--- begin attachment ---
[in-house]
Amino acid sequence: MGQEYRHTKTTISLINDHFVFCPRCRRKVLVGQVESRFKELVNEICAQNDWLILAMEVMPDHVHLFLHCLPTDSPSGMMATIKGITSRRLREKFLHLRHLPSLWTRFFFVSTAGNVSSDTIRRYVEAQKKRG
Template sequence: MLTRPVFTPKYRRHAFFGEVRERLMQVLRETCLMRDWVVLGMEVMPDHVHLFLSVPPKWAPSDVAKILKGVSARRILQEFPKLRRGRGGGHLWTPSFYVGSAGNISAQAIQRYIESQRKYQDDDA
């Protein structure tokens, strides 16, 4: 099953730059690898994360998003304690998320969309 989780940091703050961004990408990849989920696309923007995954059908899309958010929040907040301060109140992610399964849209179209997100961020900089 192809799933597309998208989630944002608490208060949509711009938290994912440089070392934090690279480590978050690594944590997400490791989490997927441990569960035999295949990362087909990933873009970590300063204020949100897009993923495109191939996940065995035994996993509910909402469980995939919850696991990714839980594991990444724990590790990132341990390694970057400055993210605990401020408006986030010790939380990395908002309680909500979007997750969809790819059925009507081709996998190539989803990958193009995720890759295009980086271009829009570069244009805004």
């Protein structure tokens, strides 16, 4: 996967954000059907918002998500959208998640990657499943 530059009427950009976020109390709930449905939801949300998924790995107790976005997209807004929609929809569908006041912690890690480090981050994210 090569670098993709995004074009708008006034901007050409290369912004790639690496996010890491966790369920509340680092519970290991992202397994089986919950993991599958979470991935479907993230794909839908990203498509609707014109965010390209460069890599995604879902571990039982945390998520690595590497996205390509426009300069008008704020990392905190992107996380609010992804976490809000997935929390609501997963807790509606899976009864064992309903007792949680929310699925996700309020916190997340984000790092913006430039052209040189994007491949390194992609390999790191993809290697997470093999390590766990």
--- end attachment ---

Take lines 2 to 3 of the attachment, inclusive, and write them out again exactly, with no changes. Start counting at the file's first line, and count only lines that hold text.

Amino acid sequence: MGQEYRHTKTTISLINDHFVFCPRCRRKVLVGQVESRFKELVNEICAQNDWLILAMEVMPDHVHLFLHCLPTDSPSGMMATIKGITSRRLREKFLHLRHLPSLWTRFFFVSTAGNVSSDTIRRYVEAQKKRG
Template sequence: MLTRPVFTPKYRRHAFFGEVRERLMQVLRETCLMRDWVVLGMEVMPDHVHLFLSVPPKWAPSDVAKILKGVSARRILQEFPKLRRGRGGGHLWTPSFYVGSAGNISAQAIQRYIESQRKYQDDDA